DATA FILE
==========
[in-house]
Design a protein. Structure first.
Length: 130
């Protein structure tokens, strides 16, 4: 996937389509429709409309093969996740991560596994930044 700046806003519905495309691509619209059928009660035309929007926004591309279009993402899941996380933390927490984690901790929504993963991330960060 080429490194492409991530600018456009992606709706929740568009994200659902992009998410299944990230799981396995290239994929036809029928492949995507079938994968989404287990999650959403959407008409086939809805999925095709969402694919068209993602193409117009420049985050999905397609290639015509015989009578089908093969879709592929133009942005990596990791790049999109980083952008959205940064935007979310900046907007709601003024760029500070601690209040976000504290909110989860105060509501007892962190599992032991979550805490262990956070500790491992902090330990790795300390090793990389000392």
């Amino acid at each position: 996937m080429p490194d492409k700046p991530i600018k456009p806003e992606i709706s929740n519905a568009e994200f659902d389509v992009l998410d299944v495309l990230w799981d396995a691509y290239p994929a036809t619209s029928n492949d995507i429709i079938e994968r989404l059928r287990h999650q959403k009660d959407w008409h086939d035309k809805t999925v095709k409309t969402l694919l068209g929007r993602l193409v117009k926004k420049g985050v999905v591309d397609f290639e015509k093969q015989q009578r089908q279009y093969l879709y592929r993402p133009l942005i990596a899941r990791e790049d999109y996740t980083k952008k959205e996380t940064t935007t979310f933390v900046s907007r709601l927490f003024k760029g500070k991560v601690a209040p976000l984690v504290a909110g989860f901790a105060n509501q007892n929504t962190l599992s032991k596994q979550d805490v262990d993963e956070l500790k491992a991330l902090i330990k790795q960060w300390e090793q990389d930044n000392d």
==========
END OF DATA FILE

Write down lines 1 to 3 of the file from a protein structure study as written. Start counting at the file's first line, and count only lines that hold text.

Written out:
[in-house]
Design a protein. Structure first.
Length: 130